Rising tensions between US & Saudi Arabia over Khashoggi case rock oil prices

Activists carrying poster reading Free Jamal Khashoggi

Activists carrying poster reading Free Jamal Khashoggi

Britain expects Riyadh to provide "a complete and detailed response" to questions over Khashoggi's disappearance, Prime Minister Theresa May's spokesman said on Monday.

But Riyadh vowed to hit back on October 14 against any punitive measures as its stock market tumbled, with the fallout from the crisis threatening to imperil Prince Mohammed bin Salman's much-hyped economic reform drive.

The deal with WWE is part of a drive by crown prince Mohammed bin Salman Al Saud, who claims to be a reformer, to change Saudi Arabia's global image through sporting events.

Authorities recovered the audio from Mr Khashoggi's iPhone and his iCloud account, the newspaper said.

When asked about the Khashoggi situation last week, and the possibility of punishing Saudi Arabia Trump said: "I don't like stopping massive amounts of money that's being poured into our country. they are spending US$110 billion on military equipment and on things that create jobs for this country".

Crude prices were surging on Monday as the rift between Saudi Arabia and the United States heats up. Saudi Arabia may have agreed to the search in order to appease its Western allies and the worldwide community.

President Donald Trump said he spoke to Saudi Arabia's King Salman and that he "denies any knowledge" about the disappearance of journalist Jamal Khashoggi, a Saudi citizen who has been living in the U.S.

Turkish officials had previously said the Saudis were resisting a search of the consulate after learning that police meant to use Luminol, a forensic chemical which reveals bloodstains, even if they had been wiped clean.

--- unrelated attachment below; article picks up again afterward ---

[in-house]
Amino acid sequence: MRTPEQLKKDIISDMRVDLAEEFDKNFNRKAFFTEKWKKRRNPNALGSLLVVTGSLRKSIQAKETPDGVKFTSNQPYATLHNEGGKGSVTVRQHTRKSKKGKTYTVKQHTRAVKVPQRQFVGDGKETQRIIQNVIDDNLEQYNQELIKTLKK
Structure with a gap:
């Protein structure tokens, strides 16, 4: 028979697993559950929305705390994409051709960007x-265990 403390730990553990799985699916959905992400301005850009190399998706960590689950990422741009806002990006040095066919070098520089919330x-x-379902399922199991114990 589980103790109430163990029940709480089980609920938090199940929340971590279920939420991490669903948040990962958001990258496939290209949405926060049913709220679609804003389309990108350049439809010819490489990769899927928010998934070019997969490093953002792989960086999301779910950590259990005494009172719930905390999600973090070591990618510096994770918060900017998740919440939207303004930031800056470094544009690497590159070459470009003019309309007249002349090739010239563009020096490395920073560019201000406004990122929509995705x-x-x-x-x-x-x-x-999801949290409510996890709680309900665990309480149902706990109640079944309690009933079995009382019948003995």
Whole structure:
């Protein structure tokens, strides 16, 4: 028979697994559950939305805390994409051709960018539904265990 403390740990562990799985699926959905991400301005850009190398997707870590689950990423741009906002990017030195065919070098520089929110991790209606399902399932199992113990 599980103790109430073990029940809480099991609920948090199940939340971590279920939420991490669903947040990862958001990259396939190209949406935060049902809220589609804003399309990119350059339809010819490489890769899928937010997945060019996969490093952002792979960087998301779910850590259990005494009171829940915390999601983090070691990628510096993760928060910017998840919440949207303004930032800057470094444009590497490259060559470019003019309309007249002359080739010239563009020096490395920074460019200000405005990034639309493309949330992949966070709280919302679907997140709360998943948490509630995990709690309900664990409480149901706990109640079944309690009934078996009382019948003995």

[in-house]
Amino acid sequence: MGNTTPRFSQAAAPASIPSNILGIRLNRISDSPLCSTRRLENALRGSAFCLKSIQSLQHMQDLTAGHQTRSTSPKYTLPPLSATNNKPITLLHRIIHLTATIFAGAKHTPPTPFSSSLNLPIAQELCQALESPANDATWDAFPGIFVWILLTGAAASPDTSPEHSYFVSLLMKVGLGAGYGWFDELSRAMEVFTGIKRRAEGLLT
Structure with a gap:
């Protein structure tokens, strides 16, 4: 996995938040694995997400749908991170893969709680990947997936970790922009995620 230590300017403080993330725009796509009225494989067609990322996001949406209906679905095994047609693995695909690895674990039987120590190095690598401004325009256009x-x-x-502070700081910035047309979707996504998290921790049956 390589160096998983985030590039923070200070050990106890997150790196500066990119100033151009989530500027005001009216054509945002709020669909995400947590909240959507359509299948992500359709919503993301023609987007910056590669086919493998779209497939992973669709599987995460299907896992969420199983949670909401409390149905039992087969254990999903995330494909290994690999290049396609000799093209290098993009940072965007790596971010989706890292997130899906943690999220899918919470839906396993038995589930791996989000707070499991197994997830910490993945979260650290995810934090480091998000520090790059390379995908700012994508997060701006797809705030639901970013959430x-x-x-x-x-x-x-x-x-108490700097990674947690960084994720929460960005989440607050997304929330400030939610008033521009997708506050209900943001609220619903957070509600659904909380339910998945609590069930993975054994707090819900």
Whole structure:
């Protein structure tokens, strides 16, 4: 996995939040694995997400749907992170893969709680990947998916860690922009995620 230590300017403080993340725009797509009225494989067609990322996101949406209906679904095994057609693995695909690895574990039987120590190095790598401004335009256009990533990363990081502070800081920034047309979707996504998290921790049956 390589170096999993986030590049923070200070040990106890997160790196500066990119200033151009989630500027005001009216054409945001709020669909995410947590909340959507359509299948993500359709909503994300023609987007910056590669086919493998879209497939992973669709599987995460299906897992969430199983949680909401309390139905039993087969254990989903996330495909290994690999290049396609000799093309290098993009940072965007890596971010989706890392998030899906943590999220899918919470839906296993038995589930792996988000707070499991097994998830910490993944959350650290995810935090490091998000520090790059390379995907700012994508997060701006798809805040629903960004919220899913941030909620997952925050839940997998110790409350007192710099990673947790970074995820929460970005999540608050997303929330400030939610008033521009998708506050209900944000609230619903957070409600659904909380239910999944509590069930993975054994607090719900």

Speaking with reporters at the White House later, Trump reiterated that there would be "very powerful" repercussions for Saudi Arabia should the U.S. determine that the kingdom is responsible for the death of Khashoggi, who wrote for the Post's Global Opinions section.

Late Sunday, Saudi King Salman spoke by telephone with Turkish President Recep Tayyip Erdogan about Khashoggi.

Last week the regional rivals agreed to set up a joint working group to solve the mystery over the disappearance.

"When the president warns, people should take him at his word", he told Fox.

Flake said if the Saudis did, in fact, kill Khashoggi, Congress might specifically curtail USA military aid to Saudi-led forces in Yemen. "He (Trump) will take action".

The Saudi stock exchange, only months earlier viewed as a darling of frontier investors, plunged as much as 7 percent at one point Sunday before closing down over 4 percent. But Khashoggi's disappearance has led several business leaders and media outlets to back out of the upcoming investment conference in Riyadh called the Future Investment Initiative.

Foreign Secretary Jeremy Hunt and his counterparts from France and Germany, Jean-Yves Le Drian and Heiko Maas, said they have "grave concerns" about the situation.

A range of punishments are under discussion within the US administration, from downgrading diplomatic relations or sanctioning Saudi officials to following major USA companies in withdrawing officials from an investment conference in Riyadh later this month.

The cancellations have cast a pall over the annual summit at which Prince Mohammed wowed investors previous year with talking robots and blueprints for a futuristic mega city.

There are also fears companies will turn away from investing in the Kingdom.

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